Definition of internee in English:

internee

noun

  • A person who is confined as a prisoner, especially for political or military reasons.

    • ‘These prisoners of war and internees were held in camps extending from Burma to the Philippines and even to mainland Japan.’
    • ‘This brought more Poles into the Soviet orbit including civilian refugees, military internees, and pre-war Polish residents of Lithuania.’
    • ‘The Detaining Power will reimburse the Accepting Power for the costs involved in maintaining prisoners of war, civilian internees, and civilian detainees transferred pursuant to this arrangement.’
    • ‘The condition is unfair and discriminates against civilians, as it does not apply to military internees.’
    • ‘In the 1980s, the U.S. apologized for the internment and gave surviving internees $20,000 each in reparations.’
    • ‘What he was later to describe as a ‘deplorable mistake’ was then made, when it was decided to ship the internees elsewhere - a theme of British history to which Australians can relate.’
    • ‘During the war, there were six efforts by internees or prisoners to exercise the writ of habeas corpus in the federal district court in Honolulu.’
    • ‘Two internees originally taken into custody by the United Kingdom have been held for more than a year.’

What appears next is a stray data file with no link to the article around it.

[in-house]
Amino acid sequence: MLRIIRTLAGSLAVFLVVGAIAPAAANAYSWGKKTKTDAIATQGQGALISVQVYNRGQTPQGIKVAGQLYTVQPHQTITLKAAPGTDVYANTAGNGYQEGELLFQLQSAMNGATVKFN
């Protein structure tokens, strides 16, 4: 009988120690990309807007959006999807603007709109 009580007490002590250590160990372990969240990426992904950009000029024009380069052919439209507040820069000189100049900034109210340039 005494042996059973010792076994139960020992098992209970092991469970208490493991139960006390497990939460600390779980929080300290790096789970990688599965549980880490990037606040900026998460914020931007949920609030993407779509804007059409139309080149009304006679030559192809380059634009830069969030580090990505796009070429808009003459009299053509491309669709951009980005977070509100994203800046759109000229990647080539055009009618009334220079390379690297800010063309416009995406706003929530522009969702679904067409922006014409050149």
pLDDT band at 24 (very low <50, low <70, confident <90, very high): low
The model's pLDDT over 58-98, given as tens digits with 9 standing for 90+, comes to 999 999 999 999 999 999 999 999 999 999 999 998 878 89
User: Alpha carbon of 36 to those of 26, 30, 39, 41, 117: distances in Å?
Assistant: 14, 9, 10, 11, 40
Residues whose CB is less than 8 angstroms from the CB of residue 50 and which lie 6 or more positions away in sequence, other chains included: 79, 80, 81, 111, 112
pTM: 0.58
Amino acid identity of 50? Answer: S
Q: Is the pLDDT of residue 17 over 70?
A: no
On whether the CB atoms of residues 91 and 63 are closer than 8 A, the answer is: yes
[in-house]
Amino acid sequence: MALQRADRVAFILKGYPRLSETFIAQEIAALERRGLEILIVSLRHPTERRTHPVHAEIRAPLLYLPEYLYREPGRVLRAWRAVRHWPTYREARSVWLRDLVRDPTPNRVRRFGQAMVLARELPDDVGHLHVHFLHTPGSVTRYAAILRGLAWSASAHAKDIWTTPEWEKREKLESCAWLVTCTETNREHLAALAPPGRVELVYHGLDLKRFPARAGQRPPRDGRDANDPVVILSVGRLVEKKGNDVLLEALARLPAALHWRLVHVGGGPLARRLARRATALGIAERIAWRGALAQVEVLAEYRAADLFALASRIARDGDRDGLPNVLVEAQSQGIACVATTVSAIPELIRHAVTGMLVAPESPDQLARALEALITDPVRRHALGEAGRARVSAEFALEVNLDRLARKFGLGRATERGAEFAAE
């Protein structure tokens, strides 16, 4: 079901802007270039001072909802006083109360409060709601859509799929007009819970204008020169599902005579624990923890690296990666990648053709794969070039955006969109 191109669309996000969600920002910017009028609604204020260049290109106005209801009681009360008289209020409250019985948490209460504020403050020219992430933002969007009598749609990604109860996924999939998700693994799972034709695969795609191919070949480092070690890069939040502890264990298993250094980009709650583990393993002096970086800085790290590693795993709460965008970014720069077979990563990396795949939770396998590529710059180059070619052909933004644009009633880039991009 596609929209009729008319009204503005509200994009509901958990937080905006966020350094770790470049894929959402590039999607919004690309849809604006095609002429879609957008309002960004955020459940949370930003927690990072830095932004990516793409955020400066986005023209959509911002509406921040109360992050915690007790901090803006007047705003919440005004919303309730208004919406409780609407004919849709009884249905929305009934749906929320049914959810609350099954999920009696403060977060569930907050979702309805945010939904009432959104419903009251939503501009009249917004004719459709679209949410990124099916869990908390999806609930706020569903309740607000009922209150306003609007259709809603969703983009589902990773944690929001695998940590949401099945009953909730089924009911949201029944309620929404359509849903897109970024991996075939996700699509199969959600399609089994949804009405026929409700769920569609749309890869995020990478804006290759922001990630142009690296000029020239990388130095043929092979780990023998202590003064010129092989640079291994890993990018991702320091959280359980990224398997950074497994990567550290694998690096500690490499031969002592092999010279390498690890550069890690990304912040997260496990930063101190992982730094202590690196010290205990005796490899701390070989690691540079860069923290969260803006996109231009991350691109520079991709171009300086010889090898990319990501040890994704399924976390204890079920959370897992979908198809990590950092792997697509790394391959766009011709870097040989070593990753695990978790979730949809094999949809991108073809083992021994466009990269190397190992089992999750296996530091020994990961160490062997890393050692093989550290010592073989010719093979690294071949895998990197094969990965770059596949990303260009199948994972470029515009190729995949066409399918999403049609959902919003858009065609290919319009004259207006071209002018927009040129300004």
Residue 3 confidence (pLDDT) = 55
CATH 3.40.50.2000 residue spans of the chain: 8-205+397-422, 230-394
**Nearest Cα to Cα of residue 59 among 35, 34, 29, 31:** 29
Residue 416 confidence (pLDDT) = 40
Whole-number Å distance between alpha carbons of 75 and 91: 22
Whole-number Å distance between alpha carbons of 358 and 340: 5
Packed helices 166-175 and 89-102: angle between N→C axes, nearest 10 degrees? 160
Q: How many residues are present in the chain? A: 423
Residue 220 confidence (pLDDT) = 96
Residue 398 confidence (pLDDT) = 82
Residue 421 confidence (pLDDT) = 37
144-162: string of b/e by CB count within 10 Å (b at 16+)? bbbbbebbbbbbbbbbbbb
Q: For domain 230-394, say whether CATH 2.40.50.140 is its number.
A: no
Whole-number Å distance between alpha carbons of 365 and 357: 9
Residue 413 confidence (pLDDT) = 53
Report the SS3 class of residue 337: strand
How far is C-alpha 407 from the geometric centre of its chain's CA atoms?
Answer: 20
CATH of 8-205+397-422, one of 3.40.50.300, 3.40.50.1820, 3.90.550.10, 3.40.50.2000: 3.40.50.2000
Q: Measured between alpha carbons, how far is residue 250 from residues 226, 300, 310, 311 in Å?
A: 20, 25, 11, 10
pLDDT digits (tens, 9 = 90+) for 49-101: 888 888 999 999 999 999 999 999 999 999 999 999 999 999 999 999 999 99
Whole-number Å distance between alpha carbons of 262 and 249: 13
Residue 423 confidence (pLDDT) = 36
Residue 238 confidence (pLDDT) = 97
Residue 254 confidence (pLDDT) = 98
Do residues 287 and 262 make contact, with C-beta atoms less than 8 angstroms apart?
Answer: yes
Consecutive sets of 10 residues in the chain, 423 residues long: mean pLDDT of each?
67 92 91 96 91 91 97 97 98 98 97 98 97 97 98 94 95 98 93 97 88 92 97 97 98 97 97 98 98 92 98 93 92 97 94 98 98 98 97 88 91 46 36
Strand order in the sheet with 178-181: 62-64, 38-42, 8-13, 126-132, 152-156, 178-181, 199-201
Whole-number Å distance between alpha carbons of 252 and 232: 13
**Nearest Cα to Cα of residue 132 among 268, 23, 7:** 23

• ‘Displaced persons, refugees, and internees were gradually repatriated though it remained impossible to obtain accurate population census figures.’
    • ‘He claimed that his classes were the reason that none of the internees in his block suffered from the flu epidemic of 1918!’
    • ‘Compiled chiefly from interviews with former internees and their kin, it concentrates on five detainees of very different backgrounds, but alike in their appalling victimization.’
    • ‘In particular he highlights the case of the ‘guinea pigs’, 12 internees who were used by the army to experiment with torture techniques.’
    • ‘In 1988, Congress provided for partial restitution payments of $20,000 to each of the 60,000 surviving internees from the camps.’
    • ‘If occupation effectively ends what international humanitarian laws say is that prisoners of law and civilian internees who are not formally charged should be released.’
    • ‘The internees had done nothing wrong, but many felt shamed by being singled out, locked away, accused of disloyalty; to criticize the government might seem to prove they were in some way guilty.’
    • ‘More than 100 former prisoners of war and civilian internees attended the reunion.’
    • ‘One night, while I was in the Black Bull pub in the Markets district talking to Official republicans, news came that seven internees had escaped from a prison ship in Belfast harbour.’
    • ‘If the internees really were international terrorists who had been captured in brilliant operations by security services, they would then be able to use their inside knowledge to mastermind campaigns against Britain from overseas.’
    • ‘The first batch of internees included only those considered community leaders, while the majority remained free until January 1943, when the remaining Allied citizens were rounded up.’
    • ‘And military intelligence probably did ‘request’ that internees be softened up a bit to aid interrogations.’
    prisoner, convict, detainee, inmate
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Pronunciation:

internee

/ˌɪntəːˈniː/